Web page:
Nature 451, 159-162 (10 January 2008) | doi:10.1038/nature06490; Received 30 March 2007; Accepted 16 November 2007

An asymmetric distribution of positrons in the Galactic disk revealed by big gamma-rays

Georg Weidenspointner1,2,3, Gerry Skinner1,4,5, Pierre Jean1, Jürgen Knödlseder1, Peter von Ballmoos1, Giovanni Bignami1,8, Roland Diehl2, Andrew W. Strong2, Bertrand Cordier6, Stéphane Schanne6 & Christoph Winkler7

  1. Centre d'Etude Spatiale des Rayonnements, CNRS/UPS, BP 44346, Toulouse Cedex 4, France
  2. Max-Planck-Institut für extraterrestrische Physik, Postfach 1312, 85741 Garching, Germany
  3. MPI Halbleiterlabor, Otto-Hahn-Ring 6, 81739 München, Germany
  4. CRESST and Code 661, NASA/GSFC, Greenbelt, Maryland 20771, USA
  5. Department of Astronomy, University of Maryland, College Park, Maryland 20742, USA
  6. DSM/DAPNIA/SAp, CEA Saclay, 91191 Gif-sur-Yvette, France
  7. ESA/ESTEC, SCI-SA, Keplerlaan 1, 2201 AZ Noordwijk, The Netherlands
  8. IUSS (Istituto Universitario di Studi Superiori), Lungo Ticino 56, 27100, Pavia, Italy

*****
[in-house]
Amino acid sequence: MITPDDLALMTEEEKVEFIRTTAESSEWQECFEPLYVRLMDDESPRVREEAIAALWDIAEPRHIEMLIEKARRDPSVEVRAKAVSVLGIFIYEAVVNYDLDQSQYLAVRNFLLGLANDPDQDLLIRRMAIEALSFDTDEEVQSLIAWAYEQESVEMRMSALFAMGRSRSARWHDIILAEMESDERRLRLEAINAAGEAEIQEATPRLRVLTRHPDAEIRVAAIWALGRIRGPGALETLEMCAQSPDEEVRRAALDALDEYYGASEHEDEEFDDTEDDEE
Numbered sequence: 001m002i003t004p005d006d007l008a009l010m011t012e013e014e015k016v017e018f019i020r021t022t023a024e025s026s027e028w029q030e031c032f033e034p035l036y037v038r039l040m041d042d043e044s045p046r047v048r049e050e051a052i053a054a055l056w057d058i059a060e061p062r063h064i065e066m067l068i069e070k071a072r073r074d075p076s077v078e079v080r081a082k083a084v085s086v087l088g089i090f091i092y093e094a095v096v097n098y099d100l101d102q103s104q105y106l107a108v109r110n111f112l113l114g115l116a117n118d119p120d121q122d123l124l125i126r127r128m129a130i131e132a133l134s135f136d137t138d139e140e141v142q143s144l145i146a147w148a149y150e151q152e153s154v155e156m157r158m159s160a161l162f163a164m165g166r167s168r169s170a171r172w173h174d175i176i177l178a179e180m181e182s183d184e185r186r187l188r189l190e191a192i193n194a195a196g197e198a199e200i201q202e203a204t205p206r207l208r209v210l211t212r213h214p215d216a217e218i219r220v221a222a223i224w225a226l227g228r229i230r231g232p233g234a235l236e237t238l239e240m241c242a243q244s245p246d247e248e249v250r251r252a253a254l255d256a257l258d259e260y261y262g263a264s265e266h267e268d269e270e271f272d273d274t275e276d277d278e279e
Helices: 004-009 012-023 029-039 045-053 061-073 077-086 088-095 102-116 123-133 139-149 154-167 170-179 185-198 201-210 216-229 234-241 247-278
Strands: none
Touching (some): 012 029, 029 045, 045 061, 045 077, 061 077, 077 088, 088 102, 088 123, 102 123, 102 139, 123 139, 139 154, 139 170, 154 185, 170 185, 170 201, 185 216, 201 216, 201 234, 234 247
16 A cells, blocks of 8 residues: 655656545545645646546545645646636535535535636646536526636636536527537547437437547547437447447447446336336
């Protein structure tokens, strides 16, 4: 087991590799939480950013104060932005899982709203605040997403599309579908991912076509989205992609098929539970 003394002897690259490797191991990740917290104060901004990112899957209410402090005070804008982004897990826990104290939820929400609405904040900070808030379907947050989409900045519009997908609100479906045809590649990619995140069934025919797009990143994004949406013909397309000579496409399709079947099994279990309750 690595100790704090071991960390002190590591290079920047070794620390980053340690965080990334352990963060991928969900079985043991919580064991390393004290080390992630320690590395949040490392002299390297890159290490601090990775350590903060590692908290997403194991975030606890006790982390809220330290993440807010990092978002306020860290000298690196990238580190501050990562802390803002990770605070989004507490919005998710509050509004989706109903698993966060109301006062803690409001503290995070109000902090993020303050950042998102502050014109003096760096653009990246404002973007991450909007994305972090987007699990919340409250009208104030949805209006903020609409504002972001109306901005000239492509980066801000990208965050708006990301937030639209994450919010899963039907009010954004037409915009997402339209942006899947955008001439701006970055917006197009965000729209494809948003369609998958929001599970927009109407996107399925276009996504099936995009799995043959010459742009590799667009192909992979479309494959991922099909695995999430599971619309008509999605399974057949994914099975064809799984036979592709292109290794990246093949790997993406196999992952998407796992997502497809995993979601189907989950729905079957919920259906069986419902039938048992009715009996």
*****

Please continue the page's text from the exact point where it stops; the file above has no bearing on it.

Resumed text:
Correspondence to: Georg Weidenspointner1,2,3 Correspondence and requests for materials should be addressed to G.W. (Email: Georg.Weidenspointner@hll.mpg.de).

Gamma-ray line radiation at 511 keV is the signature of electron–positron annihilation. Such radiation has been known for 30 years to come from the general direction of the Galactic Centre1, but the origin of the positrons has remained a mystery. Stellar nucleosynthesis2, 3, 4, accreting compact objects5, 6, 7, 8, and even the annihilation of exotic dark-matter particles9 have all been suggested. Here we report a distinct asymmetry in the 511-keV line emission coming from the inner Galactic disk (approx10–50° from the Galactic Centre). This asymmetry resembles an asymmetry in the distribution of low mass X-ray binaries with strong emission at photon energies >20 keV ('hard' LMXBs), indicating that they may be the dominant origin of the positrons. Although it had long been suspected that electron–positron pair plasmas may exist in X-ray binaries, it was not evident that many of the positrons could escape to lose energy and ultimately annihilate with electrons in the interstellar medium and thus lead to the emission of a narrow 511-keV line. For these models, our result implies that up to a few times 1041 positrons escape per second from a typical hard LMXB. Positron production at this level from hard LMXBs in the Galactic bulge would reduce (and possibly eliminate) the need for more exotic explanations, such as those involving dark matter.


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